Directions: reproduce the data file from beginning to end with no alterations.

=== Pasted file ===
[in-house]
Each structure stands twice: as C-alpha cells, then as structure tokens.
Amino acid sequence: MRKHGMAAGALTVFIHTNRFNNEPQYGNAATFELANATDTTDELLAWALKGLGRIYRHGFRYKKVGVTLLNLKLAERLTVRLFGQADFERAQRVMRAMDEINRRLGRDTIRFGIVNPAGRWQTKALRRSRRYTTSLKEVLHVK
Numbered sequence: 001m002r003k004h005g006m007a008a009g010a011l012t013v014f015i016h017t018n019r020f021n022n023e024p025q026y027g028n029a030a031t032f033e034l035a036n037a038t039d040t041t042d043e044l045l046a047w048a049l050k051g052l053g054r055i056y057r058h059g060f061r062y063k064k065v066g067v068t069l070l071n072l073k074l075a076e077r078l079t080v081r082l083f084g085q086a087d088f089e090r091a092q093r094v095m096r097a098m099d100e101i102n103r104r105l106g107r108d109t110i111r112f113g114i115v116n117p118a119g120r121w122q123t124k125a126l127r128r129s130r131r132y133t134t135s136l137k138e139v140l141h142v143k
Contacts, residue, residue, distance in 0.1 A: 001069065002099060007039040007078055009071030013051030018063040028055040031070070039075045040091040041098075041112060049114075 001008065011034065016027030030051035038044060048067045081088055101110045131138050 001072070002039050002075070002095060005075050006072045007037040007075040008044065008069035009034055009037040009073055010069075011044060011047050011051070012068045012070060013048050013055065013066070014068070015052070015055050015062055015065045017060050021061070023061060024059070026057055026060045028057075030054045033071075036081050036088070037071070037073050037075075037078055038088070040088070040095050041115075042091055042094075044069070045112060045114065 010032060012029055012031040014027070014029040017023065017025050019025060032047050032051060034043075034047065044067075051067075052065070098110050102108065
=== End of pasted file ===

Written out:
[in-house]
Each structure stands twice: as C-alpha cells, then as structure tokens.
Amino acid sequence: MRKHGMAAGALTVFIHTNRFNNEPQYGNAATFELANATDTTDELLAWALKGLGRIYRHGFRYKKVGVTLLNLKLAERLTVRLFGQADFERAQRVMRAMDEINRRLGRDTIRFGIVNPAGRWQTKALRRSRRYTTSLKEVLHVK
Numbered sequence: 001m002r003k004h005g006m007a008a009g010a011l012t013v014f015i016h017t018n019r020f021n022n023e024p025q026y027g028n029a030a031t032f033e034l035a036n037a038t039d040t041t042d043e044l045l046a047w048a049l050k051g052l053g054r055i056y057r058h059g060f061r062y063k064k065v066g067v068t069l070l071n072l073k074l075a076e077r078l079t080v081r082l083f084g085q086a087d088f089e090r091a092q093r094v095m096r097a098m099d100e101i102n103r104r105l106g107r108d109t110i111r112f113g114i115v116n117p118a119g120r121w122q123t124k125a126l127r128r129s130r131r132y133t134t135s136l137k138e139v140l141h142v143k
Contacts, residue, residue, distance in 0.1 A: 001069065002099060007039040007078055009071030013051030018063040028055040031070070039075045040091040041098075041112060049114075 001008065011034065016027030030051035038044060048067045081088055101110045131138050 001072070002039050002075070002095060005075050006072045007037040007075040008044065008069035009034055009037040009073055010069075011044060011047050011051070012068045012070060013048050013055065013066070014068070015052070015055050015062055015065045017060050021061070023061060024059070026057055026060045028057075030054045033071075036081050036088070037071070037073050037075075037078055038088070040088070040095050041115075042091055042094075044069070045112060045114065 010032060012029055012031040014027070014029040017023065017025050019025060032047050032051060034043075034047065044067075051067075052065070098110050102108065